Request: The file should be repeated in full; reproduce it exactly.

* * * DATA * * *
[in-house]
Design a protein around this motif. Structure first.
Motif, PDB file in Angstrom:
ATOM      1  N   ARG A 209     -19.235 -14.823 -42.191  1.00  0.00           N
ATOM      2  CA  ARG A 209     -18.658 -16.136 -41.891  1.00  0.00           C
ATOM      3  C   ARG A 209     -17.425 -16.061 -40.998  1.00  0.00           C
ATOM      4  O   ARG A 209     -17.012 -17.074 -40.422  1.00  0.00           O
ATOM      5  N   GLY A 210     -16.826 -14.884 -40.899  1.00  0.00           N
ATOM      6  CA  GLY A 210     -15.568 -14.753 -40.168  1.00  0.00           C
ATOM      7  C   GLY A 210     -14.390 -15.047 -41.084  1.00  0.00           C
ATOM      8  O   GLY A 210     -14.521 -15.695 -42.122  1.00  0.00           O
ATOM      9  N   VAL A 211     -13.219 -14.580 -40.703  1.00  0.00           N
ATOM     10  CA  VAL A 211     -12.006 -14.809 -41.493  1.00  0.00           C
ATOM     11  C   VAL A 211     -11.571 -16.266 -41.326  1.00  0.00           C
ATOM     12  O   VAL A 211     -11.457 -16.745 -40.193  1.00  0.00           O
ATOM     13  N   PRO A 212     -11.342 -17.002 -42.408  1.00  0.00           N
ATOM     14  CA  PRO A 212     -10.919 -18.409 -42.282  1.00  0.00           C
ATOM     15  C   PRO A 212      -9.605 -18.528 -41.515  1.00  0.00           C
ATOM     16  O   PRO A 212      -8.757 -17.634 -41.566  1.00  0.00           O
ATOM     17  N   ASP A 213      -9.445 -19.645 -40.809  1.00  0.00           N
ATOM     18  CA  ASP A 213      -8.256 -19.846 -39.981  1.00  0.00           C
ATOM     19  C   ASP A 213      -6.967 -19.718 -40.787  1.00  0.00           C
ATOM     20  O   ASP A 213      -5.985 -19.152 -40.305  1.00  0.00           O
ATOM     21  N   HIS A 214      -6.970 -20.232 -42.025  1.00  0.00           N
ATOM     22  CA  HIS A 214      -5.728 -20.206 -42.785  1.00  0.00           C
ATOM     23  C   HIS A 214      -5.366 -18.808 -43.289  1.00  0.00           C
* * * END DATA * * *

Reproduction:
[in-house]
Design a protein around this motif. Structure first.
Motif, PDB file in Angstrom:
ATOM      1  N   ARG A 209     -19.235 -14.823 -42.191  1.00  0.00           N
ATOM      2  CA  ARG A 209     -18.658 -16.136 -41.891  1.00  0.00           C
ATOM      3  C   ARG A 209     -17.425 -16.061 -40.998  1.00  0.00           C
ATOM      4  O   ARG A 209     -17.012 -17.074 -40.422  1.00  0.00           O
ATOM      5  N   GLY A 210     -16.826 -14.884 -40.899  1.00  0.00           N
ATOM      6  CA  GLY A 210     -15.568 -14.753 -40.168  1.00  0.00           C
ATOM      7  C   GLY A 210     -14.390 -15.047 -41.084  1.00  0.00           C
ATOM      8  O   GLY A 210     -14.521 -15.695 -42.122  1.00  0.00           O
ATOM      9  N   VAL A 211     -13.219 -14.580 -40.703  1.00  0.00           N
ATOM     10  CA  VAL A 211     -12.006 -14.809 -41.493  1.00  0.00           C
ATOM     11  C   VAL A 211     -11.571 -16.266 -41.326  1.00  0.00           C
ATOM     12  O   VAL A 211     -11.457 -16.745 -40.193  1.00  0.00           O
ATOM     13  N   PRO A 212     -11.342 -17.002 -42.408  1.00  0.00           N
ATOM     14  CA  PRO A 212     -10.919 -18.409 -42.282  1.00  0.00           C
ATOM     15  C   PRO A 212      -9.605 -18.528 -41.515  1.00  0.00           C
ATOM     16  O   PRO A 212      -8.757 -17.634 -41.566  1.00  0.00           O
ATOM     17  N   ASP A 213      -9.445 -19.645 -40.809  1.00  0.00           N
ATOM     18  CA  ASP A 213      -8.256 -19.846 -39.981  1.00  0.00           C
ATOM     19  C   ASP A 213      -6.967 -19.718 -40.787  1.00  0.00           C
ATOM     20  O   ASP A 213      -5.985 -19.152 -40.305  1.00  0.00           O
ATOM     21  N   HIS A 214      -6.970 -20.232 -42.025  1.00  0.00           N
ATOM     22  CA  HIS A 214      -5.728 -20.206 -42.785  1.00  0.00           C
ATOM     23  C   HIS A 214      -5.366 -18.808 -43.289  1.00  0.00           C